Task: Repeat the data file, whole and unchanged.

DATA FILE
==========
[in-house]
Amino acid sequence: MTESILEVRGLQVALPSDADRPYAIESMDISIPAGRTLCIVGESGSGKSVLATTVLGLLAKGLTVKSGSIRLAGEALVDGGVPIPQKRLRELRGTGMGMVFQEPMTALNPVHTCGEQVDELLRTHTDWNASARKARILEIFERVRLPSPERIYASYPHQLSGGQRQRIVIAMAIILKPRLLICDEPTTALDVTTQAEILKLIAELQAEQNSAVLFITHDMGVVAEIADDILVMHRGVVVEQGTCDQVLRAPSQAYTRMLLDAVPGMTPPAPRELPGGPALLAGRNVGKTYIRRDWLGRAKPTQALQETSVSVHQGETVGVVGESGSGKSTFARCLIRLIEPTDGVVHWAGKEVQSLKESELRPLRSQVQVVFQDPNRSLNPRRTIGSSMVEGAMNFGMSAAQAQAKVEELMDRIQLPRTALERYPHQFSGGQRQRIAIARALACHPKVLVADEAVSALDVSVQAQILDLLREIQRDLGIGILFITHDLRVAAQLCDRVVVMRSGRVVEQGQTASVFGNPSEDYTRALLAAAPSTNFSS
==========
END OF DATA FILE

[in-house]
Amino acid sequence: MTESILEVRGLQVALPSDADRPYAIESMDISIPAGRTLCIVGESGSGKSVLATTVLGLLAKGLTVKSGSIRLAGEALVDGGVPIPQKRLRELRGTGMGMVFQEPMTALNPVHTCGEQVDELLRTHTDWNASARKARILEIFERVRLPSPERIYASYPHQLSGGQRQRIVIAMAIILKPRLLICDEPTTALDVTTQAEILKLIAELQAEQNSAVLFITHDMGVVAEIADDILVMHRGVVVEQGTCDQVLRAPSQAYTRMLLDAVPGMTPPAPRELPGGPALLAGRNVGKTYIRRDWLGRAKPTQALQETSVSVHQGETVGVVGESGSGKSTFARCLIRLIEPTDGVVHWAGKEVQSLKESELRPLRSQVQVVFQDPNRSLNPRRTIGSSMVEGAMNFGMSAAQAQAKVEELMDRIQLPRTALERYPHQFSGGQRQRIAIARALACHPKVLVADEAVSALDVSVQAQILDLLREIQRDLGIGILFITHDLRVAAQLCDRVVVMRSGRVVEQGQTASVFGNPSEDYTRALLAAAPSTNFSS